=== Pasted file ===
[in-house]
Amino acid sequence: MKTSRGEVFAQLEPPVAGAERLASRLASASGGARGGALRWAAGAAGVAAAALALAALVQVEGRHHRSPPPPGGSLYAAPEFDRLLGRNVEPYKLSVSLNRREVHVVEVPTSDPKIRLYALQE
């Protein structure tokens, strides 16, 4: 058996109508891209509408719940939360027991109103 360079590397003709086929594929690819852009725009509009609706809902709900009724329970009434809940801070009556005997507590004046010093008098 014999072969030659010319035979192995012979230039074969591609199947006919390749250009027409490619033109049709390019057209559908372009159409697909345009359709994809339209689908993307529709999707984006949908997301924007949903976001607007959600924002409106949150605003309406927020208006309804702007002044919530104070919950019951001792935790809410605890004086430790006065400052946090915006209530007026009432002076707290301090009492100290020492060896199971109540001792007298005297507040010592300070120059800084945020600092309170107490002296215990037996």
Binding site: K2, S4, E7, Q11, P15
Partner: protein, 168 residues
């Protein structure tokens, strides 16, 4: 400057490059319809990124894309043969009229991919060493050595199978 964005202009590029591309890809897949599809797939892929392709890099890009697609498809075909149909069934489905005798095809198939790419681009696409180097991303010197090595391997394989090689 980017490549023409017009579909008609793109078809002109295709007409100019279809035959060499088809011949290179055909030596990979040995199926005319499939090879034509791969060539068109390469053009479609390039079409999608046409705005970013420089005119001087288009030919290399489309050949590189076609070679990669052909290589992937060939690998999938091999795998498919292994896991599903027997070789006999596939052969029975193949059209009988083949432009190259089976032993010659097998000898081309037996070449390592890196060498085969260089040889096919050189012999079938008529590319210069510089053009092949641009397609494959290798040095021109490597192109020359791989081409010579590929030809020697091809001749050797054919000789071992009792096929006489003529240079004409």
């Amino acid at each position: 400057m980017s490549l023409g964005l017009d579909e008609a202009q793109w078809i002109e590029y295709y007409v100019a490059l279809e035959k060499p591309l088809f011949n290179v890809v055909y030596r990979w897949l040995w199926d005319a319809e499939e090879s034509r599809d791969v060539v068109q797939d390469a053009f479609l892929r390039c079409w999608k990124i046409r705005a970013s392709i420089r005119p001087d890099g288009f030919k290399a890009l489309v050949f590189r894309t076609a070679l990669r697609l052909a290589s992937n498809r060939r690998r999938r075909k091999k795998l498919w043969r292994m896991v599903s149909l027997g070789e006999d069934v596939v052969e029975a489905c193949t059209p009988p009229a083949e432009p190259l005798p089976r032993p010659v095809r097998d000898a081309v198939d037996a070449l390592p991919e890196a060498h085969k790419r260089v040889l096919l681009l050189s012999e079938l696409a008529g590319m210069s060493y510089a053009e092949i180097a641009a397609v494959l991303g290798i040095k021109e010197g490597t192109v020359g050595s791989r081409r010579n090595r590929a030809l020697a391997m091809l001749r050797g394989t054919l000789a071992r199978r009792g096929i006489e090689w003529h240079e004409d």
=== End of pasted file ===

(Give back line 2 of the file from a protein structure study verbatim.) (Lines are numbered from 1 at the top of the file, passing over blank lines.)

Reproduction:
Amino acid sequence: MKTSRGEVFAQLEPPVAGAERLASRLASASGGARGGALRWAAGAAGVAAAALALAALVQVEGRHHRSPPPPGGSLYAAPEFDRLLGRNVEPYKLSVSLNRREVHVVEVPTSDPKIRLYALQE